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B-738 Crash in Russia Rostov-on-Don

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B-738 Crash in Russia Rostov-on-Don

Old 20th Mar 2016, 13:27
  #261 (permalink)  
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Originally Posted by B737Pilot3
For those wondering, https://www.youtube.com/watch?v=7orMIfJx-uw
a FZ low vis approach into BTS, from cockpit. As can be seen here, it's Single CH all the way until the AP disconnect. Also what's interesting is the VSD on both sides, Pm and Pf.

Also, as I read somewhere, Rostov is captain's airport only, so capt was PF i'd guess.
Whats wrong with VSD on both sides?
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Old 20th Mar 2016, 13:51
  #262 (permalink)  
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Old 20th Mar 2016, 14:04
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Reluctant to even suggest this, but could the rapid descent have been caused by a deliberate input of one of the pilots? Most unlikely, I think.

The FDR should reveal all, assuming the recording is intact. But never take anything for granted in this business, until a proper analysis and report are undertaken.
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Both of the cockpit crew's wives were pregnant. FO's wife with twins. It was supposed to be one of the captain's last flights with FZ, he had resigned, intended to move back to his home in Cyprus to raise his children, and start flying wit Ryan Air on Monday...

Sad day...
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Old 20th Mar 2016, 14:28
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Originally Posted by microscalewx
Just decided to sign up to inject some extra weather information into an already compelling discussion, and to back up some of weatherdude's input.

I am an amateur, not a professional, and do not hold any kind of pilot/aviation credentials.

The METAR report is a good source for surface conditions and observations from there, and I'd like to add that the CB report is quite likely correct. Any cumulus cloud (Cu) that rains is by definition a cumulonimbus (Cb), the discriminator for a thunderstorm is in METAR code as TS, with +/- for each to indicate rain rate. The reason for this is that any Cu is technically convective and thus can cause upset, with TCu also used to warn of non-raining but potentially strong updrafts. The METAR reports around the accident time correctly state showers and broken low clouds, hence CB's, with stratiform cloud cover at 10k ft. Given the immediately pre-frontal nature of that night's weather at Rostov this is a likely cloud pattern.

A better source for weather conditions, if you can find one nearby to an accident time/location, is a sounding; it just so happens a balloon was launched from Rostov-on-don at 00z (likely just prior, so perhaps 1hr before accident). The lowest levels up to 700mb are available here: 34731 URRR Rostov-Na-Donu Sounding in which on either side of the diagram you can see the height of a recorded measurement and wind information (bearing, strength) from this you can infer a wind shear difference of 40kts within ~600m of the surface. Additionally, there is slight vertical directional shear (difference in wind bearing with height), both of which would suggest shear-induced wave action, ie: turbulence. This amount of low level shear is quite extreme, and on an airfield already known for turbulence.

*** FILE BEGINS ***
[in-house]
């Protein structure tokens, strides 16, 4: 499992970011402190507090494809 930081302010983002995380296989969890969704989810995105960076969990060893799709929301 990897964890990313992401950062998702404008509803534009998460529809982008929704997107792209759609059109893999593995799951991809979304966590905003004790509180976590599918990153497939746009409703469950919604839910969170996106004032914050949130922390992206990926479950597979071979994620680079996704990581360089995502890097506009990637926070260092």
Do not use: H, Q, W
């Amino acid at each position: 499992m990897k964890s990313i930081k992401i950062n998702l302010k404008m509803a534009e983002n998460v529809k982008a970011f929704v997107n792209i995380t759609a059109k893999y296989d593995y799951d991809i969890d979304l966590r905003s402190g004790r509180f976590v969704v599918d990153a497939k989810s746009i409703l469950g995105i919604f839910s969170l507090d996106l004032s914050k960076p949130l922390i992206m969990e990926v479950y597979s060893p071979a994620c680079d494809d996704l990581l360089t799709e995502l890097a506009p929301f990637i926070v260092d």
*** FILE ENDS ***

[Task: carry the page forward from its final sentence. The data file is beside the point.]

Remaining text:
The synoptic scenario on the night was a strong frontal zone advancing from the NW that had just reached the Black Sea area at 00z, and was at it's strongest point for that location. Here is the 850mb wind chart for that part of Asia taken from the initial chart of the GFS model (note: this would be mostly assimilated actual data, just gridded, before the model started to compute anything): http://www.tropicaltidbits.com/analy...850_asia_1.png A quick look on Google maps at the local terrain shows that the wind fetch was coming straight off the Black Sea up into a valley where Rostov is with an elevation change of 78m. Adding to the vertical turbulence effects would have been the possibility of further horizontal eddying from orographic wind effects of the valley coupled with the approaching front maxima. All in all a very bad weather situation to head into.

As for icing, the complete diagram for the 00z Rostov sounding shows saturation between 0C and -20C: 34731 URRR Rostov-Na-Donu Sounding (note for non-weather folk, that diagram is a skew-T which means temperature on the x-axis relates to the blue lines that are the most skewed to the right from immediately above their labels, the black lines are the instrument measurements so to read off the temp see where they intersect at your chosen height) which means riming was possible. It also shows that at above 5.5km there was less saturation (separation between the lines of temp and dewpoint measurements), so quite possible there was minimal icing risk in the hold (esp being off to the SW of this reading) but perhaps some icing in the descent to the 2nd attempt.